“In regard to your other specific questions, I think my most recent vote shows that I believe the funding is worthwhile. However, I cannot speculate on the impact on the loss of the DTI service. As far as people’s reaction to my vote, I really don’t recall any negative or overwhelmingly positive feedback. I believed it was the right vote at the time, and I am pleased that it led to what I hope will be positive changes and better support for our downtown.”
We respect Krol’s position of wanting to give the new leadership a chance to make a difference, but it has not happened. DPI basically mimics the efforts of the organizations referenced by Ward. Ladies and gentlemen: Downtown Pittsfield Inc. is a waste of $50,000 of your hard earned tax money.
The time has come to pull the plug.
A Slab of Prime US Grade-A GOB
Downtown Pittsfield Inc. might be suitably offered as a U.S. Prime Grade-A example of a GOB Production. As an office, it serves a redundant function. As a community service, it provides nothing more than a fuzzy, feel-good patina over the failure of downtown Pittsfield. Except for isolated pockets of success in retail and Arts, downtown Pittsfield has sadly become the place where people are afraid to venture. We won’t belabor the point. Take a walk up and down the street in the morning, midday, afternoon, and night and check it our for yourself.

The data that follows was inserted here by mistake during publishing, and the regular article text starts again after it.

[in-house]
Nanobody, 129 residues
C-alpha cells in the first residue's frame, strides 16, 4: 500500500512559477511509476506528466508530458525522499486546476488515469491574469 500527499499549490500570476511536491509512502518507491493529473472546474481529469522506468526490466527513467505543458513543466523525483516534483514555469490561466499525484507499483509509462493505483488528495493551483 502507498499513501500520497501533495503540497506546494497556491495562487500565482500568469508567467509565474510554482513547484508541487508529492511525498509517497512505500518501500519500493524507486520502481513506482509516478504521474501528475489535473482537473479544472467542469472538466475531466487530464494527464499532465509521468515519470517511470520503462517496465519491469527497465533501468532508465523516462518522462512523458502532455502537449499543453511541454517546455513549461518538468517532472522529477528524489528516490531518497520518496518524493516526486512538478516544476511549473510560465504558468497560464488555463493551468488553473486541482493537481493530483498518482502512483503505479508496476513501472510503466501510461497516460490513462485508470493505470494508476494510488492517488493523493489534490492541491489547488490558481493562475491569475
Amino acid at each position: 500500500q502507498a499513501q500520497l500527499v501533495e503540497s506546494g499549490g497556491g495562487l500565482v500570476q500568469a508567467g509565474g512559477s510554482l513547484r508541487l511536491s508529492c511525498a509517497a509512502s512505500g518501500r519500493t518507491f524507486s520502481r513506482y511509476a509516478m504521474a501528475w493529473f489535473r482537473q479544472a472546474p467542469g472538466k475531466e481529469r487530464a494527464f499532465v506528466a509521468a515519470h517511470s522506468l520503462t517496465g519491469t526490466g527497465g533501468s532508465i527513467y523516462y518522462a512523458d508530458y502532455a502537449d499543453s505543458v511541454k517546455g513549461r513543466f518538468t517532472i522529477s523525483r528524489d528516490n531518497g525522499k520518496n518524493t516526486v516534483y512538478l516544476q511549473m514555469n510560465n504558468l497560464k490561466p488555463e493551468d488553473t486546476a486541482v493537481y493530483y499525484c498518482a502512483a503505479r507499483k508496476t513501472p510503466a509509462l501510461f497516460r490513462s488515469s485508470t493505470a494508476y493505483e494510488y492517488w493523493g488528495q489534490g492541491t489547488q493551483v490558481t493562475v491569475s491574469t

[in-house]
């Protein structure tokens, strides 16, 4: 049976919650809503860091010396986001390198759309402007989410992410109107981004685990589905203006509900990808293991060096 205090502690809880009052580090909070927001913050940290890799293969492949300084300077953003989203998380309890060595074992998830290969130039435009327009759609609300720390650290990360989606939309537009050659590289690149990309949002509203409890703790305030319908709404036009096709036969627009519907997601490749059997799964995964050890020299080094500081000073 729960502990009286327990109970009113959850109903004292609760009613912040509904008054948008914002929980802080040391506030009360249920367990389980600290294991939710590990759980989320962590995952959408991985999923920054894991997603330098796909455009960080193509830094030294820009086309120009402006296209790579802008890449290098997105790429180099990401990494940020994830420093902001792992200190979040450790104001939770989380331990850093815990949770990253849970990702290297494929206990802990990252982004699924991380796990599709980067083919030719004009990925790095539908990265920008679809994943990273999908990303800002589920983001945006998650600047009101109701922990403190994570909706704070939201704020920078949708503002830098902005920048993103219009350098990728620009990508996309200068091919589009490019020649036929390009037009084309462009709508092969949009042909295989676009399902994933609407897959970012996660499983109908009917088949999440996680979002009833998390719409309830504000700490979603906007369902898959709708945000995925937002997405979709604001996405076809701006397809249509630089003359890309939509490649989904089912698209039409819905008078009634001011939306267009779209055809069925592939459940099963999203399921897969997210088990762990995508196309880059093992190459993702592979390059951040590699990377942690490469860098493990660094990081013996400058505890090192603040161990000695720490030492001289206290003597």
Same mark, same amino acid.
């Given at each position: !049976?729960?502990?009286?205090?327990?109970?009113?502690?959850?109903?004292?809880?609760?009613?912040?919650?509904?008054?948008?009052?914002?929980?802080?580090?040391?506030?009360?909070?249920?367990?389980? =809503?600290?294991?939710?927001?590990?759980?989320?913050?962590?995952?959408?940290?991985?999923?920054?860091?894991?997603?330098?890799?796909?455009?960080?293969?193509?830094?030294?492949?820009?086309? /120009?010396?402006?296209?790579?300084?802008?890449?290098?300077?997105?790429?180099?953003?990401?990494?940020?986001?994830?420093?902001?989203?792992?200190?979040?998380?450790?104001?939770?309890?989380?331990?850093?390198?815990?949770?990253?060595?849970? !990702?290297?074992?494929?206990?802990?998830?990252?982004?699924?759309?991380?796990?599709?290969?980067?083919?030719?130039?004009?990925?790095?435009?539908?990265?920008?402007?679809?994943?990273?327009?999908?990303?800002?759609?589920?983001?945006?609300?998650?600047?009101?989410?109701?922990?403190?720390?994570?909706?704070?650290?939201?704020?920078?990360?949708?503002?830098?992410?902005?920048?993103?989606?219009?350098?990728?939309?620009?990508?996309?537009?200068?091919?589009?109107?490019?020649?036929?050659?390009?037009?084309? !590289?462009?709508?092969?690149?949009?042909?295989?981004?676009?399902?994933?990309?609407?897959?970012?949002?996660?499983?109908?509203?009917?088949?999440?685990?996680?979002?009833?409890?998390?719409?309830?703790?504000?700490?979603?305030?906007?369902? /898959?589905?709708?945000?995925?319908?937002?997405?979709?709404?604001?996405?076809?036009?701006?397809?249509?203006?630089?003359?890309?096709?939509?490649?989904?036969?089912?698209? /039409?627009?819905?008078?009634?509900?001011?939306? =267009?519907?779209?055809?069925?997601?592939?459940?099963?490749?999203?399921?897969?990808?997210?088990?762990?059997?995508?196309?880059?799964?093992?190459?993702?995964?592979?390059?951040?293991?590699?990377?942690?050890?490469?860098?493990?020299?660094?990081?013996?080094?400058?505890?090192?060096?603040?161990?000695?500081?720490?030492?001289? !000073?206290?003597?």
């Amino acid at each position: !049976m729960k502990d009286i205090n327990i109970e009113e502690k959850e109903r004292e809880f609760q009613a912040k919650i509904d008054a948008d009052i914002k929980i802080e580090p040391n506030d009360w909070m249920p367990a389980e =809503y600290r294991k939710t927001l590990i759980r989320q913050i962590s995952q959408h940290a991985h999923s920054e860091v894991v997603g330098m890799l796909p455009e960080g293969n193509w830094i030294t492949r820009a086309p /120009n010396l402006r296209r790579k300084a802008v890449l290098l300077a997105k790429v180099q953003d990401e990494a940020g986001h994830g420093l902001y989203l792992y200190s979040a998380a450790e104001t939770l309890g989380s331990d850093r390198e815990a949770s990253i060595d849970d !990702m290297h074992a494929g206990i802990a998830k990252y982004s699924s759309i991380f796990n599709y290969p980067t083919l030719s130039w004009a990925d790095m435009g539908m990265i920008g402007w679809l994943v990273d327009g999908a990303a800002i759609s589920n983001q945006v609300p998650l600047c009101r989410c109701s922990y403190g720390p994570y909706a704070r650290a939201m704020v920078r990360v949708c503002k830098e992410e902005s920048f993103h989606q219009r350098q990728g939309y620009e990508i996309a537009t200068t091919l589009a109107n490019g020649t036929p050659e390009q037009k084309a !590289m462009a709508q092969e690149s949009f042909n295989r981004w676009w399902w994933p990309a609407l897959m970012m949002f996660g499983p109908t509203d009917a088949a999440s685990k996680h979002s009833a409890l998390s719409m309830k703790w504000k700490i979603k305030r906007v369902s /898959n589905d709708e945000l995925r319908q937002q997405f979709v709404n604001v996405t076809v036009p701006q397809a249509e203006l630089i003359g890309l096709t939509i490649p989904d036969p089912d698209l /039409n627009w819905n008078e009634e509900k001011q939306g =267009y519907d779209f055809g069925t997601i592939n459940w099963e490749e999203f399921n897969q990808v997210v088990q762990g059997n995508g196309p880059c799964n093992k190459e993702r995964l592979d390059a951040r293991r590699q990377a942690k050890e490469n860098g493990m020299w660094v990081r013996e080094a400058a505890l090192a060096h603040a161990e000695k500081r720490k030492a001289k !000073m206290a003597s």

The failure of downtown is, of course, a sympom of the failure of local leaders to rebuild the economy after a series of disasters — all preventable — came together for the decimation. They would include:
* The failure to locate the mall downtown.
* The failure to install a pedestrian mall on North Street, from Park Square to Columbus Avenue or even Lyndon Street.
* The crazy decision to raze all of the historic structures on West Street during “Urban Renewal,” which was more like devastation than rebirth.
* The failure to act on replacing GE when the industrial giant pulled out. We lost several businesses, including the Spalding Manufacturing Plant. Instead, we bought fool’s gold (Workshop Live, EV Worldwide, etc.). We could go on and on.